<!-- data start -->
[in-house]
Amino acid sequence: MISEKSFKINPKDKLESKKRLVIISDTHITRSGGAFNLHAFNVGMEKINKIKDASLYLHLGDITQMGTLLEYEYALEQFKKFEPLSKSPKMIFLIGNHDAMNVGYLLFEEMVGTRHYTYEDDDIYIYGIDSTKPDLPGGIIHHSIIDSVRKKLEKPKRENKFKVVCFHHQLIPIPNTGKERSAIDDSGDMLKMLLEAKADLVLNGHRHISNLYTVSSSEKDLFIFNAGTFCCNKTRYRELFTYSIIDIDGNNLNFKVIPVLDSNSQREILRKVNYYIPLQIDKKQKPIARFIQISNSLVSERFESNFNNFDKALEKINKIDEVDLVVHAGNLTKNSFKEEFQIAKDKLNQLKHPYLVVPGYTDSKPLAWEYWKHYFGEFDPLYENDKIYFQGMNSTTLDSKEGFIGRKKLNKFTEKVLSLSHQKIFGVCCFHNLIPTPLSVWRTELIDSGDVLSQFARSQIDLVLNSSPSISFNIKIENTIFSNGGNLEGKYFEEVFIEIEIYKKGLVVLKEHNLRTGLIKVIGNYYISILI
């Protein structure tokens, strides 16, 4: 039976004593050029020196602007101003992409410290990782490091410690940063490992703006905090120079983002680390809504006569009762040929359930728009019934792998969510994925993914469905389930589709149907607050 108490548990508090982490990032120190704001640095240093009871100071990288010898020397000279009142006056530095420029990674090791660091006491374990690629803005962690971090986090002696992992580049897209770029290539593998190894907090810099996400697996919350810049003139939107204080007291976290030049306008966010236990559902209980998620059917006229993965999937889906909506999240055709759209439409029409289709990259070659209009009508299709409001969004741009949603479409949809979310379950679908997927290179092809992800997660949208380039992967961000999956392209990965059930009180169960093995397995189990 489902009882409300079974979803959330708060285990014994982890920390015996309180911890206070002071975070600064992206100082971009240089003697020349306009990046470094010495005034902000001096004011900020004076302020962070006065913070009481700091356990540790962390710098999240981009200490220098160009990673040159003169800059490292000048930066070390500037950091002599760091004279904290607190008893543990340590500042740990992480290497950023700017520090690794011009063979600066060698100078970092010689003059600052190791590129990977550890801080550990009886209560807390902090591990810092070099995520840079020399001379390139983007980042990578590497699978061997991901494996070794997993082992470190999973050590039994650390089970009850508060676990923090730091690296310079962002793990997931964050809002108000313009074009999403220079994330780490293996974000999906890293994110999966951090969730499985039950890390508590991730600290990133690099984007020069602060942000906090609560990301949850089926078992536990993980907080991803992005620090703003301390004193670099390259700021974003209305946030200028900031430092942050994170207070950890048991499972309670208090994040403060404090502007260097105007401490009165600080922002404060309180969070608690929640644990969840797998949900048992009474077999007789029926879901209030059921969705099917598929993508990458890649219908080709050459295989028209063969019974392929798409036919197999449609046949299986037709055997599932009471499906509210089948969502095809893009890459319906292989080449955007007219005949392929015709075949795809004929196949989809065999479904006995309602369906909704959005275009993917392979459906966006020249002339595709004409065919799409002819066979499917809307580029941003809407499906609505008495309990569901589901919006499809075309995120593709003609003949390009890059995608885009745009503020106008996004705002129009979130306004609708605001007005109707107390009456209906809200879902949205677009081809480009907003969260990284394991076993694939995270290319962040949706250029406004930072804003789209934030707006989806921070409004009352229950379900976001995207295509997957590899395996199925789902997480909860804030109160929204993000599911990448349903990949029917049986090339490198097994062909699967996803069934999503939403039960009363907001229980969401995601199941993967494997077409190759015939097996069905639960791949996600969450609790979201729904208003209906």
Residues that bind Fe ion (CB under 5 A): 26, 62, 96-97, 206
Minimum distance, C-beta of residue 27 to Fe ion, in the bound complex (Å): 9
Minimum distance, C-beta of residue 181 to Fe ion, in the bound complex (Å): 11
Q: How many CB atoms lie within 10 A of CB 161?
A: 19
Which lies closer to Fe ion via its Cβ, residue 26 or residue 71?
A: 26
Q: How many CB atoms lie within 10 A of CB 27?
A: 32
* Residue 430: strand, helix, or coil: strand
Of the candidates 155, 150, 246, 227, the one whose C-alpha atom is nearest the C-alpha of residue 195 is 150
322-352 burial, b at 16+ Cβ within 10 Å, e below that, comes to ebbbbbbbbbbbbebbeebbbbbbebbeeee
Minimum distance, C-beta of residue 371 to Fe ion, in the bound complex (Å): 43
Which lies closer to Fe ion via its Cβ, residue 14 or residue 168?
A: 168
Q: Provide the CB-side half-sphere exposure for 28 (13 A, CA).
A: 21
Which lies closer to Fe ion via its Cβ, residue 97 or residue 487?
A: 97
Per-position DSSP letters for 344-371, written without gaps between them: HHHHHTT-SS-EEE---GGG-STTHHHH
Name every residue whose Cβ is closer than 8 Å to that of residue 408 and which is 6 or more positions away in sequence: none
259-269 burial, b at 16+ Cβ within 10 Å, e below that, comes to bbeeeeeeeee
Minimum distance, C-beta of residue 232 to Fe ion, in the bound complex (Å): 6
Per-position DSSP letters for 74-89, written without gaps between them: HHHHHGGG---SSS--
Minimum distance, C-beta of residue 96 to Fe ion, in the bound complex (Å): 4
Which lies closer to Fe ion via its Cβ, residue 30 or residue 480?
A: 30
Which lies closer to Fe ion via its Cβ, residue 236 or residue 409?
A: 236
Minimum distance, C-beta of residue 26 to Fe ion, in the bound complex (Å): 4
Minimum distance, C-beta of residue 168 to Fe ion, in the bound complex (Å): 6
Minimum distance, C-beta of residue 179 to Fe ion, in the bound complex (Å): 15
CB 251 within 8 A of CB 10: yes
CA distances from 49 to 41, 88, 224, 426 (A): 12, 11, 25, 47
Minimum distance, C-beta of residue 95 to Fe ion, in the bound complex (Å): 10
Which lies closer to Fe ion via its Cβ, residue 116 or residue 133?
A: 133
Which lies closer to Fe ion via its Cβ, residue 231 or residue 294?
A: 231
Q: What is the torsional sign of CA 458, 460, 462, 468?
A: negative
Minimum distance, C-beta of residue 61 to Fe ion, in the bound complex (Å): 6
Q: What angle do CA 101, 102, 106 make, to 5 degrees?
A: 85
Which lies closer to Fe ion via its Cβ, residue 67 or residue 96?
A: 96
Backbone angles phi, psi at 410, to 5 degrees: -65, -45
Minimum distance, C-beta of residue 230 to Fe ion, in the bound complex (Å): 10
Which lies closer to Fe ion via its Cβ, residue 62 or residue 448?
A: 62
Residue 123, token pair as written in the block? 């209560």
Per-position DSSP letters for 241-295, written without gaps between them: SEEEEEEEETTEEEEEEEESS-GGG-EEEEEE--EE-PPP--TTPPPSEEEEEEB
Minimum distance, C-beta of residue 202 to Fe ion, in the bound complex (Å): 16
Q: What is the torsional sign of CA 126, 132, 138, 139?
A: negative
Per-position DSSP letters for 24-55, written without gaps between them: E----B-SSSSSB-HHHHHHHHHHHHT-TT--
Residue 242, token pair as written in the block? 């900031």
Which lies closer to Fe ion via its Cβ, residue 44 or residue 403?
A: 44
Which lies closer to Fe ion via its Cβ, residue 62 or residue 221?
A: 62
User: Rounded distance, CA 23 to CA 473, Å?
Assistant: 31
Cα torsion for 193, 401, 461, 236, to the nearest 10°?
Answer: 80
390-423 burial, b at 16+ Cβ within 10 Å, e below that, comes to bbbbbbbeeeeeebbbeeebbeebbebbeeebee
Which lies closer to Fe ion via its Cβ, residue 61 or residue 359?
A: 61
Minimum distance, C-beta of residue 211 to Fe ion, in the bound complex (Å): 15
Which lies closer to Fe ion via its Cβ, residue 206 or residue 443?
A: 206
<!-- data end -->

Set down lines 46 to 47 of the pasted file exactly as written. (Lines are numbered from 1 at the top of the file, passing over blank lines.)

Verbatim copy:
Q: What angle do CA 101, 102, 106 make, to 5 degrees?
A: 85